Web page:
News & Insights
Reflections on Impact Evaluation
by KJ Zunigha, impact evaluation officer, Global Partnerships
Last month, I joined nearly 100 of my monitoring and evaluation peers in Washington, DC to talk impact, measurement and data at the 2015 Metrics Conference hosted by the Aspen Network of Development Entrepreneurs (ANDE). Held annually since 2010, the conference provides people working in the impact evaluation space the opportunity to dig deep into the exciting, challenging and often nebulous nature of measuring how much and what kind of impact the social enterprises in which we invest are having on the lives of the people they serve.
Three of the top themes that emerged from the conference were:
1. Right-sizing evaluations
Although randomized controlled trials (time- and resource-intensive studies) are considered the gold standard in evaluation, they are not always the right type of evaluation to conduct. As an impact investor working to categorize and evaluate the impact we and our partners have at the household level, Global Partnerships (GP) needs to look at the size of the project, the question(s) we want answered, and the resources we and our partners have available to help guide evaluation design. We must always keep our partners and their clients at the forefront of this process so that any evaluation activities we undertake do not overly burden or interrupt the work of the people we are ultimately working to serve. The right evaluation must be as rigorous as possible within the bounds of the environment in which we and our partners operate.
2. Understanding different audiences and communicating effectively
Impact evaluators collect, analyze, synthesize and report impact data for a wide variety of audiences, each of which has different needs. Some may need only an "elevator pitch" or talking points, some want to dive deep into the details, while others are looking for a specific kind of finished product—a case study, a story, a trend report or projection. There are countless ways we can measure, discuss and share data, so as evaluators it is critical for us to understand the needs of our various audiences so that we are able to communicate our work effectively.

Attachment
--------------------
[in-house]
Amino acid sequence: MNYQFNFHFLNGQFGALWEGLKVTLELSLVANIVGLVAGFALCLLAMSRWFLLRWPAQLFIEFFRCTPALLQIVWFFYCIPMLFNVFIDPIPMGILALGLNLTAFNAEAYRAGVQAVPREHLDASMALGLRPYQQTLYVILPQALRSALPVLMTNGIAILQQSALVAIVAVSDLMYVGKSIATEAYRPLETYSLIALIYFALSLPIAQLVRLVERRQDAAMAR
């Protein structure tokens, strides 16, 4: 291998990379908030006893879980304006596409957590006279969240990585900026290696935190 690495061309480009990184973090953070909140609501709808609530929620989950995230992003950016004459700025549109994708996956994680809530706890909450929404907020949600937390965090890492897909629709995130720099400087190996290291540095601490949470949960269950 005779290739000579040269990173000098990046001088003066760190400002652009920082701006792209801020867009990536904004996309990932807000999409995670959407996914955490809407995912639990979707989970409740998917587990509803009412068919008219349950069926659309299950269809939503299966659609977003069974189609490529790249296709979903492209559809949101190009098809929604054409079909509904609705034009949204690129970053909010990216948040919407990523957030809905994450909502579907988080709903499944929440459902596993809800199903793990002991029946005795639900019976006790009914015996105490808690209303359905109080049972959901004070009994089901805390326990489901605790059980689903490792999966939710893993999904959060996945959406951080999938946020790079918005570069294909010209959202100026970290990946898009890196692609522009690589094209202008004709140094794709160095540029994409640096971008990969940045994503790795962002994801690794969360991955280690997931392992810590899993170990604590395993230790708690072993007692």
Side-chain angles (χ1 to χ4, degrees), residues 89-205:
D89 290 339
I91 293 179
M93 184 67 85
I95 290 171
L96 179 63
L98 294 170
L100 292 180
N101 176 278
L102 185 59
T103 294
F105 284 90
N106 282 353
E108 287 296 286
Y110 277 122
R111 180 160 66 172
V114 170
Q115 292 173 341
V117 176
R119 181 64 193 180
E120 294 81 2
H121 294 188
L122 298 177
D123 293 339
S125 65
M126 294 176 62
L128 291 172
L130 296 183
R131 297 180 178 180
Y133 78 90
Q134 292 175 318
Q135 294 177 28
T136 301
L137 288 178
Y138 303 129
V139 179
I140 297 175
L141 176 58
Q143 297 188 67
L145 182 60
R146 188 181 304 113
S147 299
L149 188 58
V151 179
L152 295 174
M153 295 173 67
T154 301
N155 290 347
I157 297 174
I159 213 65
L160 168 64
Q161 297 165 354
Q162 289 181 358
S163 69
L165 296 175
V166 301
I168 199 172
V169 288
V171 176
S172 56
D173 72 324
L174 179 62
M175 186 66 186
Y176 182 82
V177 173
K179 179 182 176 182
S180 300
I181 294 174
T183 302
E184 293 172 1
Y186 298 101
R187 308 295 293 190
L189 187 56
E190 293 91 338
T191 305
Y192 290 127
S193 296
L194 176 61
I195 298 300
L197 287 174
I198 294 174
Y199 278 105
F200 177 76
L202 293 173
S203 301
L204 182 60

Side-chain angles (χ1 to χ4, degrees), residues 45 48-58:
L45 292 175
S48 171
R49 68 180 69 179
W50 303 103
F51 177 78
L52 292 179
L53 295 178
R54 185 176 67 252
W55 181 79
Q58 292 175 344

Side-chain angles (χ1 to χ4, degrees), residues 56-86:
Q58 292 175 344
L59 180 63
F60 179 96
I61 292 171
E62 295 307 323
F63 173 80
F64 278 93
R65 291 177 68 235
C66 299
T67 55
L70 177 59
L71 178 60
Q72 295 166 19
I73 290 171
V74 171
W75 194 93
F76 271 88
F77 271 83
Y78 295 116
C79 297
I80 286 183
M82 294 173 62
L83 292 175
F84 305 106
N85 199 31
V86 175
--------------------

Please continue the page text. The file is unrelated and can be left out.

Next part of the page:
3. Maintaining continuity with investors at all stages
GP provides debt financing to social enterprises that are looking to grow and scale their organizations, and may be one of a number of investors and supporters. Too often in this sector, investors at various stages in a social enterprise's development don't communicate their measurement approaches. This creates the likelihood of a dramatic shift in measurement activities and data requirements—and a potentially significant burden for the social enterprise—as it grows and seeks new types of capital.
While measurement approaches and indicators may change as a social enterprise grows and matures, it is important that all investors at every stage of a social enterprise's development have visibility into each other's measurement activities to create a more streamlined approach and a sense of continuity.
Tara Murphy Forde, GP's Director of Impact & Strategic Initiatives, led a conference session on this topic with Vox Capital's Rebecca Obara, looking at the impact frameworks of their respective organizations. The session focused on Vox's custom, hands-on approach to working with its investees as an early-stage investor, and GP's approach that focuses on impact at the household level across our portfolio and multiple initiatives. One way GP supports visibility into our impact framework is by feeding our data into IRIS (Impact Reporting and Investment Standards), a database of social impact metrics intended to help create a common framework for impact measurement.
Perhaps the greatest overall takeaway from this year's ANDE metrics conference is that, with our broad portfolio of initiatives, Global Partnerships' best opportunity to gain meaningful data and insight is to approach impact measurement with flexibility. With an eye on the big picture, the data we collect from each of our partners can tell us about what their work really means for the people they serve.
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